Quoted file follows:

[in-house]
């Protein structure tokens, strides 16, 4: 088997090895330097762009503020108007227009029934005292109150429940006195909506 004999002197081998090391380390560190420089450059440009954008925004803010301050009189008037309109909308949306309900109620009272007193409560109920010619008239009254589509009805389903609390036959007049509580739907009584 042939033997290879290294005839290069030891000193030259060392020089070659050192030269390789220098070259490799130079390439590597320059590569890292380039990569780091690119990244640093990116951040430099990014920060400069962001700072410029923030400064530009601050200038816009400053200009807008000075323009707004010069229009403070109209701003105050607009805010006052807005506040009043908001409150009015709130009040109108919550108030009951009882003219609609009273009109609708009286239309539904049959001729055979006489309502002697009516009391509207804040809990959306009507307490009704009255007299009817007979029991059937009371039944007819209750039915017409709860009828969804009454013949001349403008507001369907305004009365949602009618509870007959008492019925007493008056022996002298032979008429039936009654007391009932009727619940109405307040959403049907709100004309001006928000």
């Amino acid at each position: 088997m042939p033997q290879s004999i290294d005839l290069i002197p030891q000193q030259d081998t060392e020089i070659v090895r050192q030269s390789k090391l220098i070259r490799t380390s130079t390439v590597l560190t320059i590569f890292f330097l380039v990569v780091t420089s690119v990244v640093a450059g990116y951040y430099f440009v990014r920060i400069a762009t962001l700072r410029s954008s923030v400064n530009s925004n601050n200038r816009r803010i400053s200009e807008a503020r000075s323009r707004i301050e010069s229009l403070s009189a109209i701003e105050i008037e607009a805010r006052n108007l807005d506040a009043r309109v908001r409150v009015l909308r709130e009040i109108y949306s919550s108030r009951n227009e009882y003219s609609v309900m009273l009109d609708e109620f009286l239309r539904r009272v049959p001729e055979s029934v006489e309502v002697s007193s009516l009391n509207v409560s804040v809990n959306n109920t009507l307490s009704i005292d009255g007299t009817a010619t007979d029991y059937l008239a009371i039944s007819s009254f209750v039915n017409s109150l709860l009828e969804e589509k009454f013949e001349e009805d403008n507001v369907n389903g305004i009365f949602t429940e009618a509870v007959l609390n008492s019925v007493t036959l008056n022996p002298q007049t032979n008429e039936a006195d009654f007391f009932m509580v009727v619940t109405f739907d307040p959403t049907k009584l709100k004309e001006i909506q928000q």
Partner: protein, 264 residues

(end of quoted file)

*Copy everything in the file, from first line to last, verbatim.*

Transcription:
[in-house]
């Protein structure tokens, strides 16, 4: 088997090895330097762009503020108007227009029934005292109150429940006195909506 004999002197081998090391380390560190420089450059440009954008925004803010301050009189008037309109909308949306309900109620009272007193409560109920010619008239009254589509009805389903609390036959007049509580739907009584 042939033997290879290294005839290069030891000193030259060392020089070659050192030269390789220098070259490799130079390439590597320059590569890292380039990569780091690119990244640093990116951040430099990014920060400069962001700072410029923030400064530009601050200038816009400053200009807008000075323009707004010069229009403070109209701003105050607009805010006052807005506040009043908001409150009015709130009040109108919550108030009951009882003219609609009273009109609708009286239309539904049959001729055979006489309502002697009516009391509207804040809990959306009507307490009704009255007299009817007979029991059937009371039944007819209750039915017409709860009828969804009454013949001349403008507001369907305004009365949602009618509870007959008492019925007493008056022996002298032979008429039936009654007391009932009727619940109405307040959403049907709100004309001006928000």
């Amino acid at each position: 088997m042939p033997q290879s004999i290294d005839l290069i002197p030891q000193q030259d081998t060392e020089i070659v090895r050192q030269s390789k090391l220098i070259r490799t380390s130079t390439v590597l560190t320059i590569f890292f330097l380039v990569v780091t420089s690119v990244v640093a450059g990116y951040y430099f440009v990014r920060i400069a762009t962001l700072r410029s954008s923030v400064n530009s925004n601050n200038r816009r803010i400053s200009e807008a503020r000075s323009r707004i301050e010069s229009l403070s009189a109209i701003e105050i008037e607009a805010r006052n108007l807005d506040a009043r309109v908001r409150v009015l909308r709130e009040i109108y949306s919550s108030r009951n227009e009882y003219s609609v309900m009273l009109d609708e109620f009286l239309r539904r009272v049959p001729e055979s029934v006489e309502v002697s007193s009516l009391n509207v409560s804040v809990n959306n109920t009507l307490s009704i005292d009255g007299t009817a010619t007979d029991y059937l008239a009371i039944s007819s009254f209750v039915n017409s109150l709860l009828e969804e589509k009454f013949e001349e009805d403008n507001v369907n389903g305004i009365f949602t429940e009618a509870v007959l609390n008492s019925v007493t036959l008056n022996p002298q007049t032979n008429e039936a006195d009654f007391f009932m509580v009727v619940t109405f739907d307040p959403t049907k009584l709100k004309e001006i909506q928000q």
Partner: protein, 264 residues